Working on the farm is a tradition for farm families. I picked rocks with my parents and the rest of my family from as early as I can remember. When we were very young, we used to sit on the back of the wagon when we got tired, kicking the wagon wheels when no one was looking.
As I got older, I graduated to driver. That meant that I got to drive the tractor and wagon forward and then hop off and pick with everyone else until it was time to pull forward again. My favorite part, though, was switching all the tractors between fields, when we could get the tractors up to top gear and drive full speed (not all that very fast in an old tractor) down the gravel roads. It was a fun bit of freedom, but it was important work. Without our help, my dad would have spent hours shuttling our wagons and tractors between fields by himself.
My parents and uncle always paid us for our work on the farm, and we worked hard. We started each day before 7 am and worked alongside the adults. When it came time to go to college, each of us had a small nest egg that helped us pay for some of our computers, books, room, and tuition. And today, we are all hardworking adults. Between the four of us, my sisters and I own our own businesses, working as doctors, lawyers, and marketing professionals, while managing growing families. Several of us are employed in agri-business. I work with farmers in my law practice. And my parents and the rest of us run a family farm winery, Four Daughters Vineyard and Winery. We work those same long hours, actually getting our hands dirty in the fields, and we are thankful for the strong ethics our farming background instilled in us.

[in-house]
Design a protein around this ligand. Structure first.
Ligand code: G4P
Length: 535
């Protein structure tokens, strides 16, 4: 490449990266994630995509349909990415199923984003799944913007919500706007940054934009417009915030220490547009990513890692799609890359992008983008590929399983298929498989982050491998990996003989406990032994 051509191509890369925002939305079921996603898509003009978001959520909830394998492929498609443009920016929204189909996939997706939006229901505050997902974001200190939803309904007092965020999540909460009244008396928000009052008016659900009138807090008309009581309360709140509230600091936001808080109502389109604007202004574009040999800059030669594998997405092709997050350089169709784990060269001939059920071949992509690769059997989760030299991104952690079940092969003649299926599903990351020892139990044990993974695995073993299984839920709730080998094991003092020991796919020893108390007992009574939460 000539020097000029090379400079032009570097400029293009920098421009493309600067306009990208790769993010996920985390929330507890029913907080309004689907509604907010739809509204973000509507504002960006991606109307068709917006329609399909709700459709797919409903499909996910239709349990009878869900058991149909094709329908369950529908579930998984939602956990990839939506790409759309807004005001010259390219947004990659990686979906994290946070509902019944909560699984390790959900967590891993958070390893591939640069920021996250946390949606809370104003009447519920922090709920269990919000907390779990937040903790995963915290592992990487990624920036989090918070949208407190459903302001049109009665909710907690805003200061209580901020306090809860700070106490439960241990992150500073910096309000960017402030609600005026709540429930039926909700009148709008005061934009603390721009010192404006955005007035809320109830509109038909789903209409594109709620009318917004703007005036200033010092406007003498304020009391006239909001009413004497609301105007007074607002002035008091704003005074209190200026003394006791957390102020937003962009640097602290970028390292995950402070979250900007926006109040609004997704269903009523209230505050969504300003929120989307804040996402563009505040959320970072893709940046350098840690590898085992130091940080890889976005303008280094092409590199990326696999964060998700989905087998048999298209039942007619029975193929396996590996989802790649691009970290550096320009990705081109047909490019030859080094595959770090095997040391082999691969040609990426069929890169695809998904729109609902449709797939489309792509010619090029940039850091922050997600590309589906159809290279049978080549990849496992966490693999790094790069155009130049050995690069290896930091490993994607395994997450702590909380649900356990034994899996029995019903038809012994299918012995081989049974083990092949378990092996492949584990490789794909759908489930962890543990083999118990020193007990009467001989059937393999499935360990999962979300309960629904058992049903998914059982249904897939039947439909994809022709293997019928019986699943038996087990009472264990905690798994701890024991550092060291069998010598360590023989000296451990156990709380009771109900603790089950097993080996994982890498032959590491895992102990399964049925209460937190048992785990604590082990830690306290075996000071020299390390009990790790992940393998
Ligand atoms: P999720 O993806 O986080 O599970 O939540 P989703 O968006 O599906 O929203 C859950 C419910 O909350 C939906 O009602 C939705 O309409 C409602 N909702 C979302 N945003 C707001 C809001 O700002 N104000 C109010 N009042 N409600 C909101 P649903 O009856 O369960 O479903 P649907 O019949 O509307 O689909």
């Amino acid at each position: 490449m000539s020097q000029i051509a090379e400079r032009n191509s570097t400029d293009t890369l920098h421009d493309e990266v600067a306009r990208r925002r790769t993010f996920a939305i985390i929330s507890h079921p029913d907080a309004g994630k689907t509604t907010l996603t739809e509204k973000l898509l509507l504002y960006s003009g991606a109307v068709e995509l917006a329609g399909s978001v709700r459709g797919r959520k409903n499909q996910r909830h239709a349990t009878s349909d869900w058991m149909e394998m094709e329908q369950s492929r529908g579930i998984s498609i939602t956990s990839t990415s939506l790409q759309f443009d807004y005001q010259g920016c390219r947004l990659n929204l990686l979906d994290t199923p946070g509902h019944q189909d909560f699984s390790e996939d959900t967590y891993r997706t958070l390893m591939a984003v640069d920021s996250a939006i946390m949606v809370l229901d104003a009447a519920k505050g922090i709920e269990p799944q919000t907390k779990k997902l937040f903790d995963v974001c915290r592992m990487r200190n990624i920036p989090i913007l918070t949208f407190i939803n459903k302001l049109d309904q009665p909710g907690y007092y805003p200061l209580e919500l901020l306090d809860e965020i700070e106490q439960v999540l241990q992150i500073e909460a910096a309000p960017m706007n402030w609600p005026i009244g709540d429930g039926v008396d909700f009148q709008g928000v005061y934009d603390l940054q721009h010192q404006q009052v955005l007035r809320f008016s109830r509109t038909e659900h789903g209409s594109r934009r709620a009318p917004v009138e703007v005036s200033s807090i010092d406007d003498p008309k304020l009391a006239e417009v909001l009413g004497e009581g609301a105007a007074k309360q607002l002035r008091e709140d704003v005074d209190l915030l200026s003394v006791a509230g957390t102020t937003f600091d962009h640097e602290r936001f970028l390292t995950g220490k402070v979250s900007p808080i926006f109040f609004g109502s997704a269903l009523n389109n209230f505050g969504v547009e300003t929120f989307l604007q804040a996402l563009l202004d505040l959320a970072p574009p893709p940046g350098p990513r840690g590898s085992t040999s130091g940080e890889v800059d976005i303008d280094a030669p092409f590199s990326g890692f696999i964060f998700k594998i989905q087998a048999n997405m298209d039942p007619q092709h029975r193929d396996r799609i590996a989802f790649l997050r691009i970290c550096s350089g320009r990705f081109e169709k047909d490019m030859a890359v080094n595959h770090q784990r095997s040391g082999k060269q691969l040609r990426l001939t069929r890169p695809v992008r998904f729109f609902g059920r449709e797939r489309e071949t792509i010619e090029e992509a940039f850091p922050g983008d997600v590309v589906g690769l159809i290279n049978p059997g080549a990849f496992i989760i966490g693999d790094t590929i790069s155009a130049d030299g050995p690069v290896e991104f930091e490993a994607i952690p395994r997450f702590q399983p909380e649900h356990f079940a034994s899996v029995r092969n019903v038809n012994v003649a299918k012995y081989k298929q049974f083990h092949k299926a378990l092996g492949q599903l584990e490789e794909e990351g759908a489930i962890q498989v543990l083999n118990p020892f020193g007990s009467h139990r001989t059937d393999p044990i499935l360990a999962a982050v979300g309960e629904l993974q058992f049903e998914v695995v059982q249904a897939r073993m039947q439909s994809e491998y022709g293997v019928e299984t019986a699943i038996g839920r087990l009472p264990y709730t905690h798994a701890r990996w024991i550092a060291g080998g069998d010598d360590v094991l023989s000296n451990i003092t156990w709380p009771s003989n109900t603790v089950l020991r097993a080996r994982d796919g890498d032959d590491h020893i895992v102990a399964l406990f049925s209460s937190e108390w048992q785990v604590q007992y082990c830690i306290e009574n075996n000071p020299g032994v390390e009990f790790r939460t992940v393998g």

Which brings me to my point…we were able to learn those skills because regulations allowed farm kids to work on their family’s farms for pay. Farm labor laws currently exempt young farm workers from Department of Labor standards if they’re working on their own family’s farm. A proposed change in that law would prohibit farm kids under 16 from operating most machinery or working with livestock. The stated goal is to protect kids from dangerous conditions on the farm, but the change would only affect hired farm workers. In effect, farm families would be prohibited from paying teens under age 16 for their work on the farm…or those paid farm kids would be prohibited from assisting with many jobs they’ve historically done. This USA Today article describes some of the changes.
Some legislators who grew up on farms understand that kids learn great work ethics and earn good money working on their family farms. Legislation is underway calling on the DOL to withdraw its proposal.
Farm families should watch this legislation and the proposed changes closely. If it passes, it could mean serious changes in the way that families conduct their farm business.